Forms of Government in Ancient Greek City States

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Forms of Government in Ancient Greek City States

  1. Monarchy

    1. Some city-states favored monarchy.

      1. The classic form of a monarchy is an absolute monarchy.

        1. the monarch has total authority over the government and his or her people.

        2. A cabinet of advisers may be assembled to assist the monarch,

          1. A strong king will not allow them to make major decisions

          2. A weak king will be dominated by his advisors

      2. In a constitutional monarchy, the monarch shares power with another governing body.

        1. The monarch may make important government decisions and actively participate in the running of the nation, but he or she does not do so alone

  2. Oligarchy

    1. In these city-states, governance rested with an elite group of men,

      1. Oligarchy is a form of government where most political power effectively rests with a small segment of society

      2. (typically the most powerful, whether by wealth, military strength, ruthlessness, or political influence).

      3. that facilitated daily government.

    2. The term refers to rule by the “few” (oligoi).

      1. Their members considered themselves the “best men,”

        1. a term from which “aristocrat” is derived.

      2. Government functions were divided, in terms of individual responsibilities.

    3. Oligarchies are often controlled by a few powerful families

      1. whose children are raised and mentored to become inheritors of the power of the oligarchy,

      2. often at some sort of expense to those governed.

      3. In contrast to aristocracy ("government by the 'best'"),

        1. this power may not always be exercised openly, the oligarchs preferring to remain "the power behind the throne",

        2. exerting control through economic means. Unlike plutocracy oligarchy is not always a rule by wealth, as oligarchs can simply be a privileged cadre. It has also been suggested that most communist states fit the definition of oligarchy.

  3. Tyrranies

    1. In ancient Greece, tyrants were influential opportunists that came to power by securing the support of different factions of a deme.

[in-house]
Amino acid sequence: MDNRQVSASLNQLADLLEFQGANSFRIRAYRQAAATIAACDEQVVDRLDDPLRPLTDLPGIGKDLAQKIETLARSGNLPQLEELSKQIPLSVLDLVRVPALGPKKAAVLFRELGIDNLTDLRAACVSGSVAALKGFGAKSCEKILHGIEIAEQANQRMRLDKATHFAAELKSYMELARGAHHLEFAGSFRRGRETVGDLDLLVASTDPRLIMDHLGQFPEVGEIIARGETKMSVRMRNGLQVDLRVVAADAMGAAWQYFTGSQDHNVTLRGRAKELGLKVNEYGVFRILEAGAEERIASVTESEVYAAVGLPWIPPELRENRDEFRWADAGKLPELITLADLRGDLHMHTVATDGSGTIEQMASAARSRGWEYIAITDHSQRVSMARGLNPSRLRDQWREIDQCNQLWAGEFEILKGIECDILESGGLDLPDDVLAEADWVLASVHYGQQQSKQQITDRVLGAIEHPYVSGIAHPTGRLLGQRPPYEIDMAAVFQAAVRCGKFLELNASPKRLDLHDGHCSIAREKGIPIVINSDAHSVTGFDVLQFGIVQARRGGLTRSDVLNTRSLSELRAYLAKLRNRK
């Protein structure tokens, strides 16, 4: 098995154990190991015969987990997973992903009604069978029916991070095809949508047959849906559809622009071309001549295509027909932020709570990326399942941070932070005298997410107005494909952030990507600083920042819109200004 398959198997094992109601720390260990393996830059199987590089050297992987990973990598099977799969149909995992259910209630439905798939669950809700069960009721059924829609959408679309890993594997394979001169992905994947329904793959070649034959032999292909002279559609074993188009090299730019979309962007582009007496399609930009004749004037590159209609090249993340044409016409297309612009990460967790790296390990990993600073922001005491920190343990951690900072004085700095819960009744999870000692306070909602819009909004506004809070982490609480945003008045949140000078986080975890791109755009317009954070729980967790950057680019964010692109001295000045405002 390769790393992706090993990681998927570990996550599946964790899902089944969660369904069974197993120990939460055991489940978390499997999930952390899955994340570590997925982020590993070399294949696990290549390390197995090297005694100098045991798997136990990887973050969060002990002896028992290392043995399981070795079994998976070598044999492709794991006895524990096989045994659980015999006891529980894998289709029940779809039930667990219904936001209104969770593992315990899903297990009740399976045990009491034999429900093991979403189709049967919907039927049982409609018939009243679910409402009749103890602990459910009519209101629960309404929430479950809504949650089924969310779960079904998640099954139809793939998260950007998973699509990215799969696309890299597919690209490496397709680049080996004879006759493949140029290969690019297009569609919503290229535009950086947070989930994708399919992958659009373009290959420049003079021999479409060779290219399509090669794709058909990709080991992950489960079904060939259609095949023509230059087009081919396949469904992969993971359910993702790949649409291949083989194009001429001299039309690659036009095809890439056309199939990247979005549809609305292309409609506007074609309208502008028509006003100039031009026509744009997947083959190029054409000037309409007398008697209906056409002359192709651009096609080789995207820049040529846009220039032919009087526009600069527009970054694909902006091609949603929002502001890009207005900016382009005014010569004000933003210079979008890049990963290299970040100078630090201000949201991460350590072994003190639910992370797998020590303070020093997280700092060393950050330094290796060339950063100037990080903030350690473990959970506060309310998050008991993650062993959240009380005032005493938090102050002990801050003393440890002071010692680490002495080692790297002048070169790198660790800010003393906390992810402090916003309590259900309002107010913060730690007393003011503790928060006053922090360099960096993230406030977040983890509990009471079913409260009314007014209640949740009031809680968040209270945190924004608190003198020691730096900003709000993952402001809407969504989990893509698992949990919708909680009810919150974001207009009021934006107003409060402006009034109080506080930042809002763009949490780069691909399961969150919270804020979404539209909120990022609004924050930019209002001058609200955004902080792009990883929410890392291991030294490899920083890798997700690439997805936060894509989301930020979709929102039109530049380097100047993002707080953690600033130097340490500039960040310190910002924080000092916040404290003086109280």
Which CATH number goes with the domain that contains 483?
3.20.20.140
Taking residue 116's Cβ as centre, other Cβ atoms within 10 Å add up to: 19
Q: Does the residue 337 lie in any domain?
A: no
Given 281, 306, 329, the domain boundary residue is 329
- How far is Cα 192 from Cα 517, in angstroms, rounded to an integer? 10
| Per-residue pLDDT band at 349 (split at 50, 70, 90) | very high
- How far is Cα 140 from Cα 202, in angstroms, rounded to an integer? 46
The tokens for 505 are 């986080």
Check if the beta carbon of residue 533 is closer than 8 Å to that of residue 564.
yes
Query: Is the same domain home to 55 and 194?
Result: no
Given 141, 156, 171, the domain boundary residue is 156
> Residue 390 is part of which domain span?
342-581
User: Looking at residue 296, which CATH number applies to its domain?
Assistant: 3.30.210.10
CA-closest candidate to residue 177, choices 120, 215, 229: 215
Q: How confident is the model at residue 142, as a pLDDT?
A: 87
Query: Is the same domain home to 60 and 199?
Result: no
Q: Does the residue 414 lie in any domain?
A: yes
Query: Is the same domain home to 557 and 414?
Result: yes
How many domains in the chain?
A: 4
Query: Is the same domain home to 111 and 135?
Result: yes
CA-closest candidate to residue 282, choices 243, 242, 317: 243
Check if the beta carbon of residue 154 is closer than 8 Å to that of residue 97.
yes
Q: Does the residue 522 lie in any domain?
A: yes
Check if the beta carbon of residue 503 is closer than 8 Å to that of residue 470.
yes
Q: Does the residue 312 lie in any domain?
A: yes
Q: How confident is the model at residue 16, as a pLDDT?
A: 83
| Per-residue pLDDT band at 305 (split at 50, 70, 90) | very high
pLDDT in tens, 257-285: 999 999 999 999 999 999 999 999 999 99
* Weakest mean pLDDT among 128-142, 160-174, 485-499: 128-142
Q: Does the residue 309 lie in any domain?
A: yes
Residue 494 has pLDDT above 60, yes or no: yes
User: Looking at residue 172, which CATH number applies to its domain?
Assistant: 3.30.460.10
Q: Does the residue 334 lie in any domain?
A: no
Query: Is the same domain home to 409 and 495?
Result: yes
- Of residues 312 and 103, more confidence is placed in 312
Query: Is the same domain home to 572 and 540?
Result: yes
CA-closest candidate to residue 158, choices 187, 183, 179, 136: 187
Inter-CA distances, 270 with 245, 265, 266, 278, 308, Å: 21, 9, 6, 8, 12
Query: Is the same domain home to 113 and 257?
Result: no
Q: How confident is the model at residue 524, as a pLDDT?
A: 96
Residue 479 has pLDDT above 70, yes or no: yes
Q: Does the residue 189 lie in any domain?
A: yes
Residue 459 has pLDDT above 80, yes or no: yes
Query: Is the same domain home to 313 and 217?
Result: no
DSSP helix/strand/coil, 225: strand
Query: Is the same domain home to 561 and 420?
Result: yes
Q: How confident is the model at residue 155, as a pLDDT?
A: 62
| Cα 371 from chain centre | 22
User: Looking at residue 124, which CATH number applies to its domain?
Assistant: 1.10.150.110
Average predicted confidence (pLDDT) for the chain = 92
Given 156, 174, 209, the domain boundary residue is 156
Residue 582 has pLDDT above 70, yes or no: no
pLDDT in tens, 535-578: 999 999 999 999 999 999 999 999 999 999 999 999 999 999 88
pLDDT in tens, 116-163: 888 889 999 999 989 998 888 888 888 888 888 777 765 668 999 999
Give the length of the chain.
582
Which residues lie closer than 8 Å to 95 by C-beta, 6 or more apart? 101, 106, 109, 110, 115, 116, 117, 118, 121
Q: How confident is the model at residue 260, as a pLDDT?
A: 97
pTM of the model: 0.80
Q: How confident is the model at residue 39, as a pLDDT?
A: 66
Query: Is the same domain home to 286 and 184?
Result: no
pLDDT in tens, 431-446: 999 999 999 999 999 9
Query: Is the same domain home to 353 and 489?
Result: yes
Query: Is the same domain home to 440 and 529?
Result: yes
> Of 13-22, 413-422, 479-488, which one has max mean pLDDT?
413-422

1. The word "tyrannos" then carried no ethical censure;

        1. it simply referred to anyone, good or bad, who obtained executive power in a polis by unconventional means.

      2. Support for the tyrants came from the growing middle class and from the peasants who had no land or were in debt to the wealthy land owners.

    2. It is true that they had no legal right to rule,

      1. but the people preferred them over kings or the aristocracy.

      2. The Greek tyrants stayed in power by using mercenary soldiers from outside of their respective city-state.

    3. The rise of tyrannies may have begun in Argos.

      1. The negative connotation associated with the tyrranos (tyrant) was not initially apparent.

        1. Pheidon of Argos transitioned from this position to that of tyrant in order to thwart attempts by the aristocrats in forming an oligarchy

        2. Athens, associated with democracy, attempted rule by tyranny in 632, the most notorious known as Draco.

  1. Democracy

    1. Democracy refers to the power (kratos) of the people (demos).

      1. In Athens, however, only 10% of the people were considered citizens

        1. and able to participate fully in the political structure.

        2. Participation was based on land ownership (property) which opened up the democratic form to charges of elitism.

      2. As a result of Solon’s reforms, the Ekklesia or Assembly was open to all adult male citizens.

    2. Athenian democracy, unlike today, was direct democracy.

  1. Complexity

    1. Although the general definitions appear simplistic, Greek government was exceedingly complex.

      1. because it varied and changed between the city-states,

    2. Athens, for example, went through various incarnations of government and only reached the height of direct democracy under Pericles.

    3. Sparta actually had two kings that acted as a check against each other

      1. (perhaps like the system of Consuls in the Roman Senate).

    4. Sparta also featured a people’s Assembly, the Appella or Demos, which met once a month.

      1. Participation was limited to male citizens thirty years of age and older.

      2. The Appella voiced, quite literally, the judgment of the people.

      3. In today’s court systems, the Appeals Courts, at least in name, may be traced to this term.

    5. Sparta seemed to have a combination of a Constitutional Monarchy and an Oligarchy

  2. The attempt to perfect government was best expressed by Aristotle, who compiled and analyzed many of the city-state constitutions in order to develop one most representative of political ideals dear to the citizens.

    1. Modern governmental structures and institutions may be the product of many influences over time.

      1. Yet the contributions of early Greek governmental systems stand out as the first expressions of participation in political systems by ordinary people, albeit male citizens. To this we owe a debt.

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